Friends from my days in Peace Corps in the mountains of Lesotho, from the Board of Directors of Friends of Lesotho who I’d met only on-line, and colleagues from Peace Corps Headquarters reminded me that it is the people you know who make your first and best readers.  2010 was a transitional year in my life — the year I lived in a red brick apartment building across from Washington DC’s National Cathedral, a mere bike ride to my office downtown. Hundreds of people worked in the eight floors of the Peace Corps Headquarters, many of them having once served themselves in far-flung outposts in the world.  And a few thousand other former Volunteers staffed federal and private offices all over the city.  There is an energy to Washington that I loved – people moving up, people making decisions, and former Volunteers putting their knowledge to work in challenging policy settings. 

After six years away from movie theaters, I loved the city’s two independent film cinemas, its shady bike paths, and the Anacostia and Potomoc Rivers, where I learned to row.  This week in August, 2019, I re-visited those friends.  I shared my book, How to Make a Life, at a unique bookstore in Hyattsville, Maryland, called My Dead Aunt’s Books.  My Folklore Village friend Louise and my rowing friend Mary featured the book at their book club. My friend Karen from Turkmenistan’s diplomatic community scored me a presentation at Duncan Library in Alexandria, Virginia and my former Peace Corps supervisor Randy Adams hosted a book party in his wonderful, wooded home.  The highlight of the week was the arrival of  two ‘stars” of the book, Tenzin Tamdin and Tenzin Tseten, who flew in from O’Hare to join me for two wonderful presentations.  Tamdin and I had hit the book tour roads before, but it was our first time seeing Tseten handle questions about growing up in two cultures.  She was, like Tamdin, a natural and engaging presenter.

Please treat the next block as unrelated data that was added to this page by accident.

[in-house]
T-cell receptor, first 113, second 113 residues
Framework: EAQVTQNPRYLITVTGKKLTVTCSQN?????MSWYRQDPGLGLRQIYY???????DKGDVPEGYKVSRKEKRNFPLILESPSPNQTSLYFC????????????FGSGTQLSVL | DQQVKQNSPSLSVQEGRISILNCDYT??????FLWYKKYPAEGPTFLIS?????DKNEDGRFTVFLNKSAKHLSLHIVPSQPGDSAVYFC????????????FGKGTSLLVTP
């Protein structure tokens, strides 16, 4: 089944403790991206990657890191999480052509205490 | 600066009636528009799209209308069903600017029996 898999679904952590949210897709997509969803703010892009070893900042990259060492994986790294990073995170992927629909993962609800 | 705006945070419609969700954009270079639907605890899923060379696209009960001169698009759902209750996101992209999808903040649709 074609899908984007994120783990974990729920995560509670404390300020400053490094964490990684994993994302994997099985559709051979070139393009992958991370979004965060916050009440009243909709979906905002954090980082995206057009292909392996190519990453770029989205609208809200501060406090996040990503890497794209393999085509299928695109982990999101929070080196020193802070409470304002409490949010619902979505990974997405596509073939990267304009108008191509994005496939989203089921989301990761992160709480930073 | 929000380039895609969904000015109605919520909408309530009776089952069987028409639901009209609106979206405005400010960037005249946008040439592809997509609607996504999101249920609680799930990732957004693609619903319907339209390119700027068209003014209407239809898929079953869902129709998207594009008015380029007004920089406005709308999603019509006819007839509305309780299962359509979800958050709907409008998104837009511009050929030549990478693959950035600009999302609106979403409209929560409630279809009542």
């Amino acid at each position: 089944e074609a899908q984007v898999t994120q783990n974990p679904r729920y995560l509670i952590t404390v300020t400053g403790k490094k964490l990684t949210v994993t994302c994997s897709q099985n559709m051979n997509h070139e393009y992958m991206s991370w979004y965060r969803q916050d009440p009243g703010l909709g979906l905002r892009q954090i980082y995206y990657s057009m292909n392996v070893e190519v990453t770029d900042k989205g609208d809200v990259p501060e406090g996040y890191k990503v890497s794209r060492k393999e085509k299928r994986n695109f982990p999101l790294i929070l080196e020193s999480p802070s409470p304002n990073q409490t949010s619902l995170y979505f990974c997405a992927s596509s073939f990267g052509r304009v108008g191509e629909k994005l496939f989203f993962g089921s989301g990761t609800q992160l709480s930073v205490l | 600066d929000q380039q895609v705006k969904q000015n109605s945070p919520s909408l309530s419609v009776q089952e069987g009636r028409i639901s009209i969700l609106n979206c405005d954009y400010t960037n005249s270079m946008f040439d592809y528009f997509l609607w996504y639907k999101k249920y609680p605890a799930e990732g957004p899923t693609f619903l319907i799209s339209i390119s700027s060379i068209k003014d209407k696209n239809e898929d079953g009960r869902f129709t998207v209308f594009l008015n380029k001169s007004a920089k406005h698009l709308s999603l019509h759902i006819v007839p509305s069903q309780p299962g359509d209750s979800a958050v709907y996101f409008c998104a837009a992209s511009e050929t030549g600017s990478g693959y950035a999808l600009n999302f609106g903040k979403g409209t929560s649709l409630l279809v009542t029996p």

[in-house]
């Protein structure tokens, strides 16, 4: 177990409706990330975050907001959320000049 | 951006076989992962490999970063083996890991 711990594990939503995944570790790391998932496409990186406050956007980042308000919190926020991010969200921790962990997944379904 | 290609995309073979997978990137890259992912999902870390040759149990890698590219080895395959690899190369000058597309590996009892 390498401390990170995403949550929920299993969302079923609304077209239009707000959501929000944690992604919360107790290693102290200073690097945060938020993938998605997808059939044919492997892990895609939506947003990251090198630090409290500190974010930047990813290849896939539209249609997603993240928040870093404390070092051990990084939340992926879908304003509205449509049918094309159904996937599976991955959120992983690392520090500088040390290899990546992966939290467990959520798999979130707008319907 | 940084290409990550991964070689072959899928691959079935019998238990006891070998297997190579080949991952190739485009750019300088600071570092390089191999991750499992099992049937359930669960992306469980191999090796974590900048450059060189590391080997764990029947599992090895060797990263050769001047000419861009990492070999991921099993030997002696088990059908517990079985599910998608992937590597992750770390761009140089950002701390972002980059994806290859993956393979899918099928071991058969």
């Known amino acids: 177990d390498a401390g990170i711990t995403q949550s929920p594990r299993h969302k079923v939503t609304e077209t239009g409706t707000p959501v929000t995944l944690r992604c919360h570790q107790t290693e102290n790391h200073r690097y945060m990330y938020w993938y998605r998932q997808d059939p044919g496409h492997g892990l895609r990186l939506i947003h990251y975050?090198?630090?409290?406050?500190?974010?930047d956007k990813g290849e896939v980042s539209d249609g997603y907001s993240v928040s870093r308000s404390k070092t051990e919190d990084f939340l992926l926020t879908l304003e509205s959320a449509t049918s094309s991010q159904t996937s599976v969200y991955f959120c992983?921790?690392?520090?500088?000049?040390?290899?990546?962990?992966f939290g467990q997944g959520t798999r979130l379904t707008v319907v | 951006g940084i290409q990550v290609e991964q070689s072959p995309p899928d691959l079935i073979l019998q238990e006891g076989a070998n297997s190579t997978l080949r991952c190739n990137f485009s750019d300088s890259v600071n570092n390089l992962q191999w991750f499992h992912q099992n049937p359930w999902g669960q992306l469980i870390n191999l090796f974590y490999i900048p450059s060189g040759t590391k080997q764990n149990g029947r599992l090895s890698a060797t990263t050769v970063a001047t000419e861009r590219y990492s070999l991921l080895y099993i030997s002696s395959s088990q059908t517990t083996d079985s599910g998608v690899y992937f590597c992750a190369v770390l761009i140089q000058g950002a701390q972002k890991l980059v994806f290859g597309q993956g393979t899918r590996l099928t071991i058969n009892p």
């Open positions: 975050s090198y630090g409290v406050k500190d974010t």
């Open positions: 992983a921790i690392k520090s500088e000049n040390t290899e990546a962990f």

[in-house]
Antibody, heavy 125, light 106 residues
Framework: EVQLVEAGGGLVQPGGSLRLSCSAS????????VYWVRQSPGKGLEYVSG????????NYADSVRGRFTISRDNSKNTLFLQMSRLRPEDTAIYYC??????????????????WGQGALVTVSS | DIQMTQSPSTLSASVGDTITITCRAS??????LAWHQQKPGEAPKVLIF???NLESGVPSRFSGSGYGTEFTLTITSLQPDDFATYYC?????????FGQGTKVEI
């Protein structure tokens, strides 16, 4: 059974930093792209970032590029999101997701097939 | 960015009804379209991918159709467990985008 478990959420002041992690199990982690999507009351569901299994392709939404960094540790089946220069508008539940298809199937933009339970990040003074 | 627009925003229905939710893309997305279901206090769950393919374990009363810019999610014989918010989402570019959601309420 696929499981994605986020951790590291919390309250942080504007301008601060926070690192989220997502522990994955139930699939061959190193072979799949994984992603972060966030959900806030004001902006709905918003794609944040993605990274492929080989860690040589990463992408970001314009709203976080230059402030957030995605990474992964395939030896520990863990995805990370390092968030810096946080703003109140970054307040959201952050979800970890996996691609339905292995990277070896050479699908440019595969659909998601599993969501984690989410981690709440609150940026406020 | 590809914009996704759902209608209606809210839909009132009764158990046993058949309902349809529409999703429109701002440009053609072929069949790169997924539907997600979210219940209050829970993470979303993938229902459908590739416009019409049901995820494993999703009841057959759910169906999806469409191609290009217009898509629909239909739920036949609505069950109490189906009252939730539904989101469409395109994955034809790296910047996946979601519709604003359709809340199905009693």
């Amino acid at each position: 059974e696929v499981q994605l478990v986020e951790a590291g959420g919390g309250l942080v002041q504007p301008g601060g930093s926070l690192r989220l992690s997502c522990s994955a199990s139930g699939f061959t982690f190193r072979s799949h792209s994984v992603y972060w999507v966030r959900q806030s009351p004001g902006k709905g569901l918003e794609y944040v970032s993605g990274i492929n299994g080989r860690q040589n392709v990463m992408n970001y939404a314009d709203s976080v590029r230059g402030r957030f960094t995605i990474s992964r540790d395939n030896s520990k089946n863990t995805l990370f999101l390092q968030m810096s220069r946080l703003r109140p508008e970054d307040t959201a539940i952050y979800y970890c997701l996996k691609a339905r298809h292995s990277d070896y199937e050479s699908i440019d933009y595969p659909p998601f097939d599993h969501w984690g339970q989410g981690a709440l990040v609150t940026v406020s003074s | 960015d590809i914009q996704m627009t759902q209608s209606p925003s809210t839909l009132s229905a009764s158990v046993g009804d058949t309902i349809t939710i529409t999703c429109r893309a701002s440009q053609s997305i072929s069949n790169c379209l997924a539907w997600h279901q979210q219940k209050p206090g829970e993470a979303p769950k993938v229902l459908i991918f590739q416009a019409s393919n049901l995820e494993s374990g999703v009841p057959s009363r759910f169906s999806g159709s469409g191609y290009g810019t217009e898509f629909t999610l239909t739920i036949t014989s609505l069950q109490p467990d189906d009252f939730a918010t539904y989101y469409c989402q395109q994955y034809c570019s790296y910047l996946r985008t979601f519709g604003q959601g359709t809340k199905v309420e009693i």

I added a few pictures in the photo gallery, and I send many thanks to dear friends.  Americans are people who tend to have multiple homes.  While this may leave us more rootless than people in some other cultures, it gives us layers of love for places and people we treasure, in part because we see them so seldom, in part because they’ve shared such intense days of learning and living.

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